This so-called "proof-of-principle" study marks the first report in the scientific literature that distinct patterns of "messenger RNA" not only are measurable in saliva but can indicate a developing tumor. Messenger RNA (mRNA) is the molecular intermediate between gene and protein, serving as a chemical record that an individual gene has been expressed.
According to David Wong, D.M.D., D.M.Sc., a scientist at the University of California at Los Angeles (UCLA) School of Dentistry and senior author on the paper, it may be possible with further refinement of the test, possibly by including additional cancer-linked mRNAs, to attain the necessary 99 to 100 percent accuracy of commercial diagnostic tests for oral squamous cell carcinoma, the sixth most common cancer in the United States. Wong noted that currently no biochemical or genetic diagnostic tests are commercially available for oral cancer.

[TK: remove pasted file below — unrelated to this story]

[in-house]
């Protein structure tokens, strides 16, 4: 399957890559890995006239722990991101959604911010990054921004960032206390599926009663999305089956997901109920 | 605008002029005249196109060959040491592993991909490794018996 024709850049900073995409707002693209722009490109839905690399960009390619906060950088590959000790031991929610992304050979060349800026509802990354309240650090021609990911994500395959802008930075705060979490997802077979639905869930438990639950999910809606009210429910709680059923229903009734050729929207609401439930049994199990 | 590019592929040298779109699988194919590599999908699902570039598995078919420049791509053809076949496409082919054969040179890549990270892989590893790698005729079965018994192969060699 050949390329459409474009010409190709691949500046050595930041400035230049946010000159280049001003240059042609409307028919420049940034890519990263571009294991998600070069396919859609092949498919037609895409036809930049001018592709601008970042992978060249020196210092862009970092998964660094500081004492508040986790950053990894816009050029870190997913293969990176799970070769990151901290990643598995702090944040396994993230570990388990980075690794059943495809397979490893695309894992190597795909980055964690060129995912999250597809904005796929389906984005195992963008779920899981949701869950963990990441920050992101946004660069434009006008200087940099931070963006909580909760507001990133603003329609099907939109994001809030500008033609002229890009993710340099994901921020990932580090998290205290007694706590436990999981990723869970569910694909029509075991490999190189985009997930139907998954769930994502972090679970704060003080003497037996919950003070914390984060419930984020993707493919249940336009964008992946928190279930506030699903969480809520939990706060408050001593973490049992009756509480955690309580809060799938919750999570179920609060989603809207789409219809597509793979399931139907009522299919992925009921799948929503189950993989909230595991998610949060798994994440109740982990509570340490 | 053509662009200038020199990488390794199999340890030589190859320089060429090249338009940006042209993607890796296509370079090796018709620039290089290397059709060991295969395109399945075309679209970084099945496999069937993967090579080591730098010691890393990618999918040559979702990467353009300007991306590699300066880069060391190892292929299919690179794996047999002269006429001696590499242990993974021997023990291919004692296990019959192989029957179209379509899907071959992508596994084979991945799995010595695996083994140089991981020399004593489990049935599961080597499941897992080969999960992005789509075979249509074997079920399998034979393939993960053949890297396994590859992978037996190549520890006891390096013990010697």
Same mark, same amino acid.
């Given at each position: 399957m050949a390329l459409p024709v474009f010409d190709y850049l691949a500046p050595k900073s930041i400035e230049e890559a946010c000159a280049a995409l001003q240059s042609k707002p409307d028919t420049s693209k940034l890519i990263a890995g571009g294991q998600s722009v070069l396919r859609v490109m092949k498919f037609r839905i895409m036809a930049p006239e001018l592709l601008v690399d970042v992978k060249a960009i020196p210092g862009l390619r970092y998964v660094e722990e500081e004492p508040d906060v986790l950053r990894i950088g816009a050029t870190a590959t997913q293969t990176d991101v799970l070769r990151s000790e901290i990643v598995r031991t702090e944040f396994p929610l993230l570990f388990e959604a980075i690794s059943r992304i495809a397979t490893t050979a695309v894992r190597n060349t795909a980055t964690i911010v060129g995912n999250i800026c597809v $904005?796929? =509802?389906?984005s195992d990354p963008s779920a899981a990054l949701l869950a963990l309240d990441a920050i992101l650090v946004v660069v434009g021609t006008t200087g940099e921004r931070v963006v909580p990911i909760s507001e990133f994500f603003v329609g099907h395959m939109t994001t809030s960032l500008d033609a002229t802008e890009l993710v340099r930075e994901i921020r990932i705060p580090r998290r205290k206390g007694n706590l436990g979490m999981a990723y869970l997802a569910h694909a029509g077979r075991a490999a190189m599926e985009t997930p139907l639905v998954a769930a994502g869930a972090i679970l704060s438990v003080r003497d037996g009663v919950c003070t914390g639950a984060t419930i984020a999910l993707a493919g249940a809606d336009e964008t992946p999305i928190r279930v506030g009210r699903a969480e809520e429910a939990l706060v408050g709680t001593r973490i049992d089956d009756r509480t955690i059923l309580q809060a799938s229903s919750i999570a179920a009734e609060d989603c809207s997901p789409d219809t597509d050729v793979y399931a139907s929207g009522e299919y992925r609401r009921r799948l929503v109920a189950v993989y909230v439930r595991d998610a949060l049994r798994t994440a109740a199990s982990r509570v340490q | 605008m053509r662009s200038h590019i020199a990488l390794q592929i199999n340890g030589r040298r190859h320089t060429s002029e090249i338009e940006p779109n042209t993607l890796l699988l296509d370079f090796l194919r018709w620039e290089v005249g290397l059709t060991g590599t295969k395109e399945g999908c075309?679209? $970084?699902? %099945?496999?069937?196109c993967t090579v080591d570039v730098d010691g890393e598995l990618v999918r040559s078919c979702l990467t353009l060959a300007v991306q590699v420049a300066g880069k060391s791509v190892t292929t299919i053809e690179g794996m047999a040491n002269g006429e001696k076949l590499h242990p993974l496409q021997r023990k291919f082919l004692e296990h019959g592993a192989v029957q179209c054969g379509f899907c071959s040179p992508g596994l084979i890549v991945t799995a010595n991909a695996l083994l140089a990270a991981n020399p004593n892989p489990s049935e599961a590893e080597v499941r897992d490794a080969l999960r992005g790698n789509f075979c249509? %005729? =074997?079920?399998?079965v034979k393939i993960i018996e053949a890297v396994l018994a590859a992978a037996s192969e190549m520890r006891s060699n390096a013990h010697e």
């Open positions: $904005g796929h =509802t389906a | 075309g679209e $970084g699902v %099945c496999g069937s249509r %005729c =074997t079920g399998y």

He also noted that the RNA patterns in saliva may be informative for other cancers and common diseases. "Saliva is a mirror of our blood," said Wong. "We're now conducting our initial studies of saliva as a possible diagnostic fluid for other human cancers and system diseases, and we should have our preliminary data in the Spring."
Wong said he and his colleagues never intended to study mRNA patterns in saliva. They had been searching exclusively in the mouth's soft tissues, or mucosa, for proteins that might be associated with oral cancer, when Maie S
Contact: Bob Kuska
NIH/National Institute of Dental and Craniofacial Research